This project was inspired in part by the work of the Latin American Subaltern Studies Group and its call for new research methodologies and the engagement of marginalized populations. While Los Desaparecidos were not a population discussed by this group, the idea that academics must abandon some of their own protocols and ideological categorizations in order to understand the subject at hand is very prevalent to the use of testimonio, a hybrid of literature and history, in historical research.
Below is a very brief overview of this group and its contributions to Latin American scholarship. Please note that the following map includes the names of the scholars invited to its initial meeting in 1994 at George Mason University. Click on their names to be linked to their faculty pages. Each name has been placed in a region that the respective scholar at some point has studied. The map is not to scale.
The Latin American Subaltern Studies Group was founded in 1993 by five academics (John Beverley, Robert Carr, Jose Rabasa, Ileana Rodriguez, Javier Sanjines) . Citing the trend of democratization in Latin America, the collective saw a need to re-examine the “concepts of pluralistic societies and the conditions of subalternity within these societies” (Latin American Subaltern Studies Group 110), they founded an academic collective that was simultaneously an academic and political project, seeking both a paradigm of post-coloniality rooted in subatlernity (Rodriguez "Is there a Need for Subaltern Studies?" 58), and solidarity between the oppressed and academia (Rodriguez "Is There a Need for Subaltern Studies?" 44).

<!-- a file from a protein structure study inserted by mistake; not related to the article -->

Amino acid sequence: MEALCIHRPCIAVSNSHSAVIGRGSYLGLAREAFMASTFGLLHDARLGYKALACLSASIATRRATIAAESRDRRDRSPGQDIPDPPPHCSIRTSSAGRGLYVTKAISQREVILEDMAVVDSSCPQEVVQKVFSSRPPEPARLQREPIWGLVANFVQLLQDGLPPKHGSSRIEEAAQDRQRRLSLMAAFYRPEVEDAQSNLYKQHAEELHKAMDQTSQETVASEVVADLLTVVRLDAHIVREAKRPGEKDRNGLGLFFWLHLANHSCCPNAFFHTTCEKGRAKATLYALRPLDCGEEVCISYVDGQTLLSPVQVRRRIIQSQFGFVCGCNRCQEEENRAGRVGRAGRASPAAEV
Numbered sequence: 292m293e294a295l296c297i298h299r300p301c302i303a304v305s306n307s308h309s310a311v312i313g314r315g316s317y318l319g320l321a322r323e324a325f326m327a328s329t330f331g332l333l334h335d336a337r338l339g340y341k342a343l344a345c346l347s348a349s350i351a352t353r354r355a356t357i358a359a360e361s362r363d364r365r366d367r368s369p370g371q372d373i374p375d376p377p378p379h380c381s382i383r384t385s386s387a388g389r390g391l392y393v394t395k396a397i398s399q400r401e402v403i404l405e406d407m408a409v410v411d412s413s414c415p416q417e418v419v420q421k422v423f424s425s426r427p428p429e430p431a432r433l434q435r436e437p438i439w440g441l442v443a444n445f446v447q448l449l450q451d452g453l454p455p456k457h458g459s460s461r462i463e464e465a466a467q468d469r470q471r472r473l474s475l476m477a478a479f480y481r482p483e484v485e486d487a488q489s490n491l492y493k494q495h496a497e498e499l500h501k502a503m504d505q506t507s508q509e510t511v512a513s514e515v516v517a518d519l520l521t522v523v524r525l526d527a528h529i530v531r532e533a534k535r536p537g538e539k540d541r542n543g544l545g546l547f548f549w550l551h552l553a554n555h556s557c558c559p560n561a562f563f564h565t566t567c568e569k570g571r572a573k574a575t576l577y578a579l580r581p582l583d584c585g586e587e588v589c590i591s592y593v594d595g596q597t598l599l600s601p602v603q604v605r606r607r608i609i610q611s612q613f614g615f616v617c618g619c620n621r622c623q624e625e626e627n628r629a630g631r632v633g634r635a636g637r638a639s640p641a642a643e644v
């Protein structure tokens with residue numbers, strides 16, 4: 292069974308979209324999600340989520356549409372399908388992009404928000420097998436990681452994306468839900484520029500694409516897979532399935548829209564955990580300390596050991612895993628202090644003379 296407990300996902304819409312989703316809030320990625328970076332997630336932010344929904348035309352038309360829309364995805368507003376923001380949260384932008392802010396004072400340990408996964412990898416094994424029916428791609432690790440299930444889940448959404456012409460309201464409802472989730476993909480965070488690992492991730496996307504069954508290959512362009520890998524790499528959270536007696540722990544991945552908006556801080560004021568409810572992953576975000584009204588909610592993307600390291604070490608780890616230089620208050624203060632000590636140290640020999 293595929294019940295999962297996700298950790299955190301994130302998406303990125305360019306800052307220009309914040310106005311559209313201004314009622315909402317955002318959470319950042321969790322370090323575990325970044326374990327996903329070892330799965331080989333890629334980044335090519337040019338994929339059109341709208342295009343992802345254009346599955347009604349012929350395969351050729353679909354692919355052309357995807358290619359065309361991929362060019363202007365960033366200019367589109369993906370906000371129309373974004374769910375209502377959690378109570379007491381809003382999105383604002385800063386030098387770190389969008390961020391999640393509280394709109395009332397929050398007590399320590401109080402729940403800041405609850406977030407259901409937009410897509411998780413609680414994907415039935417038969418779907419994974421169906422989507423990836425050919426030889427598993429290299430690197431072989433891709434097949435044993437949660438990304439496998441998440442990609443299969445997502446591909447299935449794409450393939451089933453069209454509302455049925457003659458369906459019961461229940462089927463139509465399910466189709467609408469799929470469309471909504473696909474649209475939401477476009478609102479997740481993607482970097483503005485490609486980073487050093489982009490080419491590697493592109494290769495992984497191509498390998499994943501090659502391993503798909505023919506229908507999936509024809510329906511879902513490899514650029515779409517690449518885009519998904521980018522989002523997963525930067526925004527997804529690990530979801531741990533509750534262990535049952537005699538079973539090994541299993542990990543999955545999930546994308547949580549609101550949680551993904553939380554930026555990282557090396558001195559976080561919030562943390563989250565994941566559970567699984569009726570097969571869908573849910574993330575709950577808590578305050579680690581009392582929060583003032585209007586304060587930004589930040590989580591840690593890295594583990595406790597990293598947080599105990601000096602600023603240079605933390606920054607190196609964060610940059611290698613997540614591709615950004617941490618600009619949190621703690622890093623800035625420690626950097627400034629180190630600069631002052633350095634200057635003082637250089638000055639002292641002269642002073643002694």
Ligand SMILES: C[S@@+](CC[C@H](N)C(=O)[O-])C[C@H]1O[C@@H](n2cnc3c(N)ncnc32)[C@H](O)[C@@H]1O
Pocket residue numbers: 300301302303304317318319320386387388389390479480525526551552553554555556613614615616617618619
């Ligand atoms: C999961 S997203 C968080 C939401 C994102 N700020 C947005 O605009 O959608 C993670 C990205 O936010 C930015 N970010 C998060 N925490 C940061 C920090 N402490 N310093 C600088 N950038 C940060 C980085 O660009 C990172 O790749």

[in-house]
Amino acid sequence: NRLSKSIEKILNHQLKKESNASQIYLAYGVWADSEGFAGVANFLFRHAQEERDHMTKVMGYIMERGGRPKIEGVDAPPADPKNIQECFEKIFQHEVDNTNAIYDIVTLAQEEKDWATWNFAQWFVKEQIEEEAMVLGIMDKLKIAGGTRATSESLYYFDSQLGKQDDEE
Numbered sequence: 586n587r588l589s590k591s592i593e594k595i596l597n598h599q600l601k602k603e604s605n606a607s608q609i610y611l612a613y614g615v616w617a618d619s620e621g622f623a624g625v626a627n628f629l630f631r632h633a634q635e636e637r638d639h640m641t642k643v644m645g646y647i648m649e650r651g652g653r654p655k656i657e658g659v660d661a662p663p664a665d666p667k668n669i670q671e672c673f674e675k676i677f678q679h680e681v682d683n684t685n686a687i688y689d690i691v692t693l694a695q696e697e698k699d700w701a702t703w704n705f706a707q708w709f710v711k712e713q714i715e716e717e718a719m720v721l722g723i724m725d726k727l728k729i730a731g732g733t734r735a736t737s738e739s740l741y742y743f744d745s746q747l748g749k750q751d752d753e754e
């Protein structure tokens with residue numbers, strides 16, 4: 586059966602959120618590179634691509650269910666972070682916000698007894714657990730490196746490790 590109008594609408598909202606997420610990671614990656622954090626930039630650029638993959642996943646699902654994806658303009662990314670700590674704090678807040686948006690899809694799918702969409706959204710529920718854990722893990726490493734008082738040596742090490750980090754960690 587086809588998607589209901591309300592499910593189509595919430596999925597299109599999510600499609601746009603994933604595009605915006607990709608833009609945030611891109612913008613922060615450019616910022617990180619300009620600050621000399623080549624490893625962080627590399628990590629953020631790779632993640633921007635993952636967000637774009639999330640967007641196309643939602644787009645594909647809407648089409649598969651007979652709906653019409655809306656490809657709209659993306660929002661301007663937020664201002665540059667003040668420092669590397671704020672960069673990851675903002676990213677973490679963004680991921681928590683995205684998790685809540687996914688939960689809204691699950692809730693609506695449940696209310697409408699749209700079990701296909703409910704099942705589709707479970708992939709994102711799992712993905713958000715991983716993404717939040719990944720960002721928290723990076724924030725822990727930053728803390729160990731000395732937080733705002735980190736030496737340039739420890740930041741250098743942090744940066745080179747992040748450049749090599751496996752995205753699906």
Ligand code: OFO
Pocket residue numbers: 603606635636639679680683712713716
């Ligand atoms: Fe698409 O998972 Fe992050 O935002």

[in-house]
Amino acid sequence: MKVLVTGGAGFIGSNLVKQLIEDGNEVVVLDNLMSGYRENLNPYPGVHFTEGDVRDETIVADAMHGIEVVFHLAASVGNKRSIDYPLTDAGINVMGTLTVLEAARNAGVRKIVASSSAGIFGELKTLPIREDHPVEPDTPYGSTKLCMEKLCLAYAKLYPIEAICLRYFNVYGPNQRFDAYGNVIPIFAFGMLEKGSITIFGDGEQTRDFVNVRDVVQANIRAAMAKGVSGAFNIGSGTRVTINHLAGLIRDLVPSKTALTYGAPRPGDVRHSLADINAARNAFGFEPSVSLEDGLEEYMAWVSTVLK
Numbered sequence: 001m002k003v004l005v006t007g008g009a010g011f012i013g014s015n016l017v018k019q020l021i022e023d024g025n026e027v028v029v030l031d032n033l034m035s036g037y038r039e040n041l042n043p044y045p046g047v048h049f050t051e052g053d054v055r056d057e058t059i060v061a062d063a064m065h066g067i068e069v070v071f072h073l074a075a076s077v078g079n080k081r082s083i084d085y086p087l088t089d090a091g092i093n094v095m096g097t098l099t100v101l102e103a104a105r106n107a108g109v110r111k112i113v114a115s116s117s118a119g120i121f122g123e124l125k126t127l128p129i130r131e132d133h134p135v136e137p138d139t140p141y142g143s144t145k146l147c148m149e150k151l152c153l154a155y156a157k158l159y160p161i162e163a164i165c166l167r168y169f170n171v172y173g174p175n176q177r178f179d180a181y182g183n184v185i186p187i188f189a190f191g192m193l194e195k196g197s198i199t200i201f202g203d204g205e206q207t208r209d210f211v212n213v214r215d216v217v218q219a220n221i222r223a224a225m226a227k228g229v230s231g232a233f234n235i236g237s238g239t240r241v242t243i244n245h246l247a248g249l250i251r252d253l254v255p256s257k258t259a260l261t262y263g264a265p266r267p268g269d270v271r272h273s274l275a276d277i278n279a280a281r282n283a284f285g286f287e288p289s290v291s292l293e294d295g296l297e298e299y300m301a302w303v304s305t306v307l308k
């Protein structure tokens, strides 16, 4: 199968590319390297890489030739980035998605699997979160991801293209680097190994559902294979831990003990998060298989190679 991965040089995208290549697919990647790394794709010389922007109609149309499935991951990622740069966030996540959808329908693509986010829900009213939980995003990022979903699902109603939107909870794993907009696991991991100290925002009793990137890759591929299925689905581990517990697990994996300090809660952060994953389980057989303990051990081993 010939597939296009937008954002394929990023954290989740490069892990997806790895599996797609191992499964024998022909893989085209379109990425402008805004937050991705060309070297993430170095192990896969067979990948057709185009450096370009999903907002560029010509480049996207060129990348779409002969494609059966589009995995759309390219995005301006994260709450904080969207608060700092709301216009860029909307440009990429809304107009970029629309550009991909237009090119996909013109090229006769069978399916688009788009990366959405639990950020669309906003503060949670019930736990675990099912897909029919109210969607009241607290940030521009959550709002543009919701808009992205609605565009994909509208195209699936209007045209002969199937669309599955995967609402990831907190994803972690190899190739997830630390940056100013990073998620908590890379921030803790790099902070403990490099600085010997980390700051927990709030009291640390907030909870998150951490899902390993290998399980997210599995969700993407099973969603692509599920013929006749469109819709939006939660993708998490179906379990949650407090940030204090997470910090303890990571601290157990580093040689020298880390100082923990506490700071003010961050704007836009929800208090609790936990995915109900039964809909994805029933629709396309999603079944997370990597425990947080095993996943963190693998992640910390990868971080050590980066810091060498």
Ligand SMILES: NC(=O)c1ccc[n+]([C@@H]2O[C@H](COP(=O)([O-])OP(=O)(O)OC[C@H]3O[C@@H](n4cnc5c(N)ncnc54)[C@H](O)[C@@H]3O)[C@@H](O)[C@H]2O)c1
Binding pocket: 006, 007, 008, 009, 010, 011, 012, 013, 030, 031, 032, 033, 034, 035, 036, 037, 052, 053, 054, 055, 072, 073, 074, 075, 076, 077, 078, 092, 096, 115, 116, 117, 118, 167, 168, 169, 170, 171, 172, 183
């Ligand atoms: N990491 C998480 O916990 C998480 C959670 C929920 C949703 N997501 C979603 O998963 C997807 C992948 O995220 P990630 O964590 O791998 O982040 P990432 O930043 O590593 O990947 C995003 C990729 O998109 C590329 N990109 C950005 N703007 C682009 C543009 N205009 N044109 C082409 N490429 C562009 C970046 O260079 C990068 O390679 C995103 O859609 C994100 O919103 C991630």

The project was modeled after a group of South Asian scholars, the Subaltern Studies Group, led by Ranajit Guha, and founded in 1980 (The Latin American Subaltern Studies Group 111).
The Latin American Subaltern studies group ultimately disbanded due to organizational issues and declining external support (Rodriguez "Is there a need for Subaltern Studies?" 56-57). However, the importance of studying the subaltern and the need for a more accurate paradigm persist today. The Latin American Subaltern Studies Group affirmed both the historic exclusion of voices from Latin American studies and the responsibility of the academic community to seek these voices out and include them in academic, social and political discourse.